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Neuroscience. 2015 May 7;293:92-108. doi: 10.1016/j.neuroscience.2015.02.014. Epub 2015 Feb 26.

Adolescent intermittent ethanol exposure enhances ethanol activation of the nucleus accumbens while blunting the prefrontal cortex responses in adult rat.

Author information

1
Bowles Center for Alcohol Studies, University of North Carolina at Chapel Hill, CB 7178, Chapel Hill, NC 27599-7178, United States. Electronic address: wen_liu@med.unc.edu.
2
Bowles Center for Alcohol Studies, University of North Carolina at Chapel Hill, CB 7178, Chapel Hill, NC 27599-7178, United States. Electronic address: ftcrews@med.unc.edu.

Abstract

The brain continues to develop through adolescence when excessive alcohol consumption is prevalent in humans. We hypothesized that binge drinking doses of ethanol during adolescence will cause changes in brain ethanol responses that persist into adulthood. To test this hypothesis Wistar rats were treated with an adolescent intermittent ethanol (AIE; 5 g/kg, i.g. 2 days on-2 days off; P25-P54) model of underage drinking followed by 25 days of abstinence during maturation to young adulthood (P80). Using markers of neuronal activation c-Fos, EGR1, and phophorylated extracellar signal regulated kinase (pERK1/2), adult responses to a moderate and binge drinking ethanol challenge, e.g., 2 or 4 g/kg, were determined. Adult rats showed dose dependent increases in neuronal activation markers in multiple brain regions during ethanol challenge. Brain regional responses correlated are consistent with anatomical connections. AIE led to marked decreases in adult ethanol PFC (prefrontal cortex) and blunted responses in the amygdala. Binge drinking doses led to the nucleus accumbens (NAc) activation that correlated with the ventral tegmental area (VTA) activation. In contrast to other brain regions, AIE enhanced the adult NAc response to binge drinking doses. These studies suggest that adolescent alcohol exposure causes long-lasting changes in brain responses to alcohol that persist into adulthood.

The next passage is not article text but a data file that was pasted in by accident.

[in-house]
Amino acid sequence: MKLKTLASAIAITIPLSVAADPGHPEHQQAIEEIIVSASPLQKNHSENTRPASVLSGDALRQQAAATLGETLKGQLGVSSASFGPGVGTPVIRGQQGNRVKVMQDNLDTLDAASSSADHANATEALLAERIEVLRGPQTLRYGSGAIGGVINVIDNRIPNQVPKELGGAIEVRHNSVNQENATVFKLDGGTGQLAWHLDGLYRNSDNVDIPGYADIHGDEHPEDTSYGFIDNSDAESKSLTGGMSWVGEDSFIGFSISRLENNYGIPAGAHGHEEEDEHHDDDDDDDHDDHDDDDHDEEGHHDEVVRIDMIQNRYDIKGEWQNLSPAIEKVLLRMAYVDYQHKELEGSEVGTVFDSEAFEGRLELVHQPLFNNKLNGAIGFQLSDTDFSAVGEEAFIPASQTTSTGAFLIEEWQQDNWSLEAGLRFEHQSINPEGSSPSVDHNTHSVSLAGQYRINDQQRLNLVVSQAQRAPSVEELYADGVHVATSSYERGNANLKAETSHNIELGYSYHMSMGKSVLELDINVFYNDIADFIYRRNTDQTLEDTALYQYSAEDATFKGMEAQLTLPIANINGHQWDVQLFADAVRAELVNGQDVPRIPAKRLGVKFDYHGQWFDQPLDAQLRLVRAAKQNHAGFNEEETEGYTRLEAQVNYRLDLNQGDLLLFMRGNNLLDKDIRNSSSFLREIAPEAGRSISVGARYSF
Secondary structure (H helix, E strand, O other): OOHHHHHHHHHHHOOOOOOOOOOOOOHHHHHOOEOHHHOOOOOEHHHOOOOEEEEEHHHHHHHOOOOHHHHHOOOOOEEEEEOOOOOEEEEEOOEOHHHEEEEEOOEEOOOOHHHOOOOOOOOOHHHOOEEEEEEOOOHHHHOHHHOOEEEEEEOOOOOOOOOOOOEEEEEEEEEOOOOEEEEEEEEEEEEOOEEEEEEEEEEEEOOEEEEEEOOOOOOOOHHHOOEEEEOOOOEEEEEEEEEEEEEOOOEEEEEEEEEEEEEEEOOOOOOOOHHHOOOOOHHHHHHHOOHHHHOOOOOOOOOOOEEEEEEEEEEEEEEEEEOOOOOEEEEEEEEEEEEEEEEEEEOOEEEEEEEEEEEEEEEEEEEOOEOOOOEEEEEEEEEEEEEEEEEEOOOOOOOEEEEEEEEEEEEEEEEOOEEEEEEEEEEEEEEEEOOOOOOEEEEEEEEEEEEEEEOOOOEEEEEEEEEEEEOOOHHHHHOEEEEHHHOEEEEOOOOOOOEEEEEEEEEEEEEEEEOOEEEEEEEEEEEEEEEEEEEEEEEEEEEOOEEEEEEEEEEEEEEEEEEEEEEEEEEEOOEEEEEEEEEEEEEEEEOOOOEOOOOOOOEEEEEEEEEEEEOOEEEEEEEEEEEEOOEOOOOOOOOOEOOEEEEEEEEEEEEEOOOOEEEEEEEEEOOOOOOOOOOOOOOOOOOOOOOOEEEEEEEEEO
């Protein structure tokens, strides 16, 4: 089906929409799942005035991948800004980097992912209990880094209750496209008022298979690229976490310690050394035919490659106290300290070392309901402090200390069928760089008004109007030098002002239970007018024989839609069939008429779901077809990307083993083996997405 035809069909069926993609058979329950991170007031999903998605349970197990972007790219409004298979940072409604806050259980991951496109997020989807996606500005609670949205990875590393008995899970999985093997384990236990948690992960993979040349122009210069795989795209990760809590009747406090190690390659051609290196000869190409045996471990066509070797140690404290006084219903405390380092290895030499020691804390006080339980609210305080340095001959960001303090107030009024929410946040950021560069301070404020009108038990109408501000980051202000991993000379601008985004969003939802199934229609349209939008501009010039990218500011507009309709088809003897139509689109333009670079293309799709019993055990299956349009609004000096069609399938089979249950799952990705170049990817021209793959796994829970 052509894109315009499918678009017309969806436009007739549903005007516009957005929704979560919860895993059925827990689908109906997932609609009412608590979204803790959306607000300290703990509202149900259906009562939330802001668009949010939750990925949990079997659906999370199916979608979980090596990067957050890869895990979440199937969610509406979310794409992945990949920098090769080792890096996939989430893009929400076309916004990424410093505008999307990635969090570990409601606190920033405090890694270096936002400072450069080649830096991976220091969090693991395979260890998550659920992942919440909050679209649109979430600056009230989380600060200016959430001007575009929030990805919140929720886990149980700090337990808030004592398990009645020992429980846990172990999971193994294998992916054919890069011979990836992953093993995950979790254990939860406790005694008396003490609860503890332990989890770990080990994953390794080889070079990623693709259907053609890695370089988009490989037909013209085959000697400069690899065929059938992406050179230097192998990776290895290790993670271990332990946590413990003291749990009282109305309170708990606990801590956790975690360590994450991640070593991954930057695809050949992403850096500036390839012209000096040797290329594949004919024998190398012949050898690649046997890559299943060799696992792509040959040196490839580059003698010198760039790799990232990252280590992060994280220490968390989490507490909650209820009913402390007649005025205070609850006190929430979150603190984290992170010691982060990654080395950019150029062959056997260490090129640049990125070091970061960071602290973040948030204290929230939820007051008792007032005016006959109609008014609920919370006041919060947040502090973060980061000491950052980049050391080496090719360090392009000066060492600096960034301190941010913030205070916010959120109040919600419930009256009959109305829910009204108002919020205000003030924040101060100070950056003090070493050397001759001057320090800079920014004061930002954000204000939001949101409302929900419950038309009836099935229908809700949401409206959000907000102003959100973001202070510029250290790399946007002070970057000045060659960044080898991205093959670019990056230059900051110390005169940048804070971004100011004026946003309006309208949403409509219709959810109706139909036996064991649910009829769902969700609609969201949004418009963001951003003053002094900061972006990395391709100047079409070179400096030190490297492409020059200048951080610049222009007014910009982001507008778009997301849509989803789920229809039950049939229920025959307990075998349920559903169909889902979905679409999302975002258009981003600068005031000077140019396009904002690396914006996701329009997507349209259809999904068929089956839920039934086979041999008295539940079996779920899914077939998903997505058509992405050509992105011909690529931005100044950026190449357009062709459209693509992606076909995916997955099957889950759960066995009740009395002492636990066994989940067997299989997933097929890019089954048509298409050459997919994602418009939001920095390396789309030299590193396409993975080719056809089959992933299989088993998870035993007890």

KEYWORDS:

adolescence; alcohol; development; frontal cortex; networks

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